On the heels of the anniversary of Brown v. Board of Education, and with so much in the news lately about racial and economic diversity in public schools, we wondered: How diverse are public schools in Duval County?
This Issue Review looks at the data and explores some possible implications for Duval County, especially with new school choice legislation that is likely to begin having an impact on local schools over the next several years.
Keep reading for an executive summary and interactive graphics where you can explore diversity in public schools throughout our city.
There is considerable evidence that greater socioeconomic and racial diversity in schools results in better academic and social outcomes for students. But here in our own community, we often find ourselves geographically separated by race and income level. While exploring Duval County school enrollment patterns, we found that African-American students are much more likely than students of any other race to attend schools that are not racially diverse (in this paper, defined as having a student body that is 60 percent or more of any one racial or ethnic group). More than half (54 percent) of all African-American students are in non-diverse schools, while less than a third (30 percent) of students of any other race attend non-diverse schools. When looking at income data, we find that among Jacksonville’s low- income schools, most (83 percent) are considered racially non-diverse and have African-Americans as the largest group.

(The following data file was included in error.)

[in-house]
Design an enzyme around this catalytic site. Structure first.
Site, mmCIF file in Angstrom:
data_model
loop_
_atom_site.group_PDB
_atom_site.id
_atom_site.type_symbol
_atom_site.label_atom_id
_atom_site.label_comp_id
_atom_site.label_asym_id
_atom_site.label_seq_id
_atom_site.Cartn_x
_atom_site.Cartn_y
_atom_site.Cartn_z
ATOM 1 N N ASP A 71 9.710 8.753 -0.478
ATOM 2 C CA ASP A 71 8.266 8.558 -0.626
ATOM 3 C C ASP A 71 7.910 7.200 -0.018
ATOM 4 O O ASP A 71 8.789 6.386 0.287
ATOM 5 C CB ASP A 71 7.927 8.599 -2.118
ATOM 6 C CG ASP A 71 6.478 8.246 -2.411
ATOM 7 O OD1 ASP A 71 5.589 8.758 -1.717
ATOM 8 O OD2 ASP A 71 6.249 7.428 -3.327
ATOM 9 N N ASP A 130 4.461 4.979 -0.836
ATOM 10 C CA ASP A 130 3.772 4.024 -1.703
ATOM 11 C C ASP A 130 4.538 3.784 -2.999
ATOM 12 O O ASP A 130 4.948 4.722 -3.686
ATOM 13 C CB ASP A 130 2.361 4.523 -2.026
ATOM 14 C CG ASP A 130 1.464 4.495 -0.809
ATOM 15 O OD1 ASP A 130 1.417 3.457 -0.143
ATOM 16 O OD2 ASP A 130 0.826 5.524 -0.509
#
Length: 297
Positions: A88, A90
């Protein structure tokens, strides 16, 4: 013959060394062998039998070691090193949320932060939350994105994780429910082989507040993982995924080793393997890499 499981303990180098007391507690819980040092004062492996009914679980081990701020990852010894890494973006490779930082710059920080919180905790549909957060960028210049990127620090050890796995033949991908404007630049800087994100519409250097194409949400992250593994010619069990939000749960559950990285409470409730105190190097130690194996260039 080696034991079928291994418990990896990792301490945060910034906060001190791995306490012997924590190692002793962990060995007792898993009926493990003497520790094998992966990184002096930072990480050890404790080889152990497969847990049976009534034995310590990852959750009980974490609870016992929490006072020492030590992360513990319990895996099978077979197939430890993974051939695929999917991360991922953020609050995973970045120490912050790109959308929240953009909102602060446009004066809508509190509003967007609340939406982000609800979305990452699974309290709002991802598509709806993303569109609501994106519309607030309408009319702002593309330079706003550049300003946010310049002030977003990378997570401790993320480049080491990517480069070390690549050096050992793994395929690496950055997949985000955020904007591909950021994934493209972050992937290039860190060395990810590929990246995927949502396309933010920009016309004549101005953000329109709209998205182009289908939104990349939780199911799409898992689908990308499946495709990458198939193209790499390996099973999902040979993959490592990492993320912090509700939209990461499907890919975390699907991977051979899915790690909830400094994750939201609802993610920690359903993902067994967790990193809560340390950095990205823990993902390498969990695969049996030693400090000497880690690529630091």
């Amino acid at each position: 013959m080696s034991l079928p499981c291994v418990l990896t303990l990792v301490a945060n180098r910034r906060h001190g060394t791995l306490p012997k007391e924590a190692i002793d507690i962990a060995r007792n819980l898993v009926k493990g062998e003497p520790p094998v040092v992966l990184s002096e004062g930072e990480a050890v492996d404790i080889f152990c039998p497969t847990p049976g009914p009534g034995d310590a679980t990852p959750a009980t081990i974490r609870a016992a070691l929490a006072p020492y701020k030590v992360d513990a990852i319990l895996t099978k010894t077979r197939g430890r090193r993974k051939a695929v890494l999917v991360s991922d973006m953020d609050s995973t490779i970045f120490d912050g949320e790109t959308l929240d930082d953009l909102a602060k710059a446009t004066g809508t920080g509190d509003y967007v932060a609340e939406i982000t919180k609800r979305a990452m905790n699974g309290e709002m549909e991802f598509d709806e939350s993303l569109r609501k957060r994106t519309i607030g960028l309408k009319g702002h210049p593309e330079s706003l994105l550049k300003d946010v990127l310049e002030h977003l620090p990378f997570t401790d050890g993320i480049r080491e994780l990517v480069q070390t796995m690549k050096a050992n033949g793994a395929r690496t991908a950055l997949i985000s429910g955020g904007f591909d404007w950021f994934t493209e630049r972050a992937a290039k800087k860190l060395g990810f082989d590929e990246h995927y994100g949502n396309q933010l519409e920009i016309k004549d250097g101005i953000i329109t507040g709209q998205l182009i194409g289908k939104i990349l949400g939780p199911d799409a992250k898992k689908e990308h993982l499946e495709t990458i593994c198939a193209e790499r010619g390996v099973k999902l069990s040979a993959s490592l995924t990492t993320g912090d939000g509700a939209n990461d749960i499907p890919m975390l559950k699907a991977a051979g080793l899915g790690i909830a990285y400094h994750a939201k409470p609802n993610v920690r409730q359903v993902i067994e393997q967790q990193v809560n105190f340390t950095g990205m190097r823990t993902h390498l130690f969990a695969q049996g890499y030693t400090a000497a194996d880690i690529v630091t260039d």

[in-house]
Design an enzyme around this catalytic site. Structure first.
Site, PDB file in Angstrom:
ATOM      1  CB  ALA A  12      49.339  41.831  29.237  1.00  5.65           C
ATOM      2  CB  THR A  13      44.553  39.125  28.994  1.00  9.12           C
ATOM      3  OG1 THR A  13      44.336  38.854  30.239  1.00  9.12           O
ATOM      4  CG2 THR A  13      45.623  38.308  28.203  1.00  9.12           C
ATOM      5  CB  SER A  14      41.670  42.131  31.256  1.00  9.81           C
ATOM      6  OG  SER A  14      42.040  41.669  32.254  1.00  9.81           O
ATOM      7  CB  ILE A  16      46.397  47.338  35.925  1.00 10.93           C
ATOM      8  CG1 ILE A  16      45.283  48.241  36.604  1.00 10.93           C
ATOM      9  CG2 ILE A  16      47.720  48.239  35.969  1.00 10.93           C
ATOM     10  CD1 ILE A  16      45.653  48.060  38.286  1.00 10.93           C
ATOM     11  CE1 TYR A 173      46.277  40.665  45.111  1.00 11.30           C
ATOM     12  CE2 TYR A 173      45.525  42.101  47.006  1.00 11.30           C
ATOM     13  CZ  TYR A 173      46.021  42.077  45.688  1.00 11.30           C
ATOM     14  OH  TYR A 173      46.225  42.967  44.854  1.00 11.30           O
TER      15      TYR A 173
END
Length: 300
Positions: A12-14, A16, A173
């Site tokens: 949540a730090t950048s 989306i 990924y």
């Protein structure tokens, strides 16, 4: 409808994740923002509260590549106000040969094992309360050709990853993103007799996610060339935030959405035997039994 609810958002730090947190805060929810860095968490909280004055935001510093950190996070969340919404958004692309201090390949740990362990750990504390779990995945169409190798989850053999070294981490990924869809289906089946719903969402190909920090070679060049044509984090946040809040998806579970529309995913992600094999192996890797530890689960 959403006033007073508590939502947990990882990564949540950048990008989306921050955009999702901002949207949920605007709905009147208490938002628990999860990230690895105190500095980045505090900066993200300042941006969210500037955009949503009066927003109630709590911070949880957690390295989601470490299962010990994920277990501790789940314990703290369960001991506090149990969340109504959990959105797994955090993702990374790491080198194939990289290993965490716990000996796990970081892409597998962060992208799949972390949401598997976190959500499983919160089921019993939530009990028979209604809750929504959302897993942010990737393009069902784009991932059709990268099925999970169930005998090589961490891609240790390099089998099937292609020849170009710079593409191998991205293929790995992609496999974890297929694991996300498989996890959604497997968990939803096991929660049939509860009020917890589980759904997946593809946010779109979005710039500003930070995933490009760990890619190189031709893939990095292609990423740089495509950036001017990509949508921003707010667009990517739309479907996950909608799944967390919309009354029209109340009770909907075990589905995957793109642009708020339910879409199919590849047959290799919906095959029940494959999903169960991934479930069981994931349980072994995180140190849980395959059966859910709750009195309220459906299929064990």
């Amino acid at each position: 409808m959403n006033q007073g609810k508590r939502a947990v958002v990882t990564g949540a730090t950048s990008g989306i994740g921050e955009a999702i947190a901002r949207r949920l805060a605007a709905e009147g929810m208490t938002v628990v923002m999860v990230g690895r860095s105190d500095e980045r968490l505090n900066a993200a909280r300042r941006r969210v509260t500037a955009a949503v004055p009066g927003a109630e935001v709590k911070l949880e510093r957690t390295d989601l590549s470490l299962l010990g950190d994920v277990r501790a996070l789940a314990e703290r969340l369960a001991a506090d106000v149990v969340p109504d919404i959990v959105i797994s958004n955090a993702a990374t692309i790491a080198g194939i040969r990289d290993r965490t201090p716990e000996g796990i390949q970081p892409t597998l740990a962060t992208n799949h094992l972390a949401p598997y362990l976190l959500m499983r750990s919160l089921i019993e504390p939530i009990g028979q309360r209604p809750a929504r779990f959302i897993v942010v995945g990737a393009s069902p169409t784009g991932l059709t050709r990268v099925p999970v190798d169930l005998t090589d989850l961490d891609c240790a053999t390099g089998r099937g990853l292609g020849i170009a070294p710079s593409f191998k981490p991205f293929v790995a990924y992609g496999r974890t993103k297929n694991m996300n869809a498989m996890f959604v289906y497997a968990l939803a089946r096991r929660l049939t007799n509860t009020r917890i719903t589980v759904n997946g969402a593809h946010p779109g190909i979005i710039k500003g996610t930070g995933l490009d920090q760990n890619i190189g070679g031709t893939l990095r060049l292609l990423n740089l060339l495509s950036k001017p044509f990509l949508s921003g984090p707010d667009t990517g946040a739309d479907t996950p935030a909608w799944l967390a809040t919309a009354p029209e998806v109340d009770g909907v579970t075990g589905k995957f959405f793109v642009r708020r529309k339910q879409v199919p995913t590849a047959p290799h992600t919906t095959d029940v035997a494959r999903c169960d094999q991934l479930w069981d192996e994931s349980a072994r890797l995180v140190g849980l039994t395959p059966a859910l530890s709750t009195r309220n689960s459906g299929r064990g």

Geographically, this data shows that many of Jacksonville’s low-income and African-American students are isolated in schools on the north and west sides of town, while schools in other parts of town are more racially and socioeconomically diverse — largely reflecting residential segregation patterns in Jacksonville as a whole. For a variety of reasons, the bottom line is that Jacksonville’s low-income African-American students are disproportionately more likely to receive their education in a school that is not racially or economically diverse. Because research tells us a lack of diversity comes with negative consequences for academic and social performance, this is a real equity issue. As policy changes are made at the national, state, and county level, our community must continue considering how to reduce economic and social segregation and promote diversity to produce a lasting, positive impact in our schools.
See below for the interactive graphics and explore! Then tell us what you think in the comments.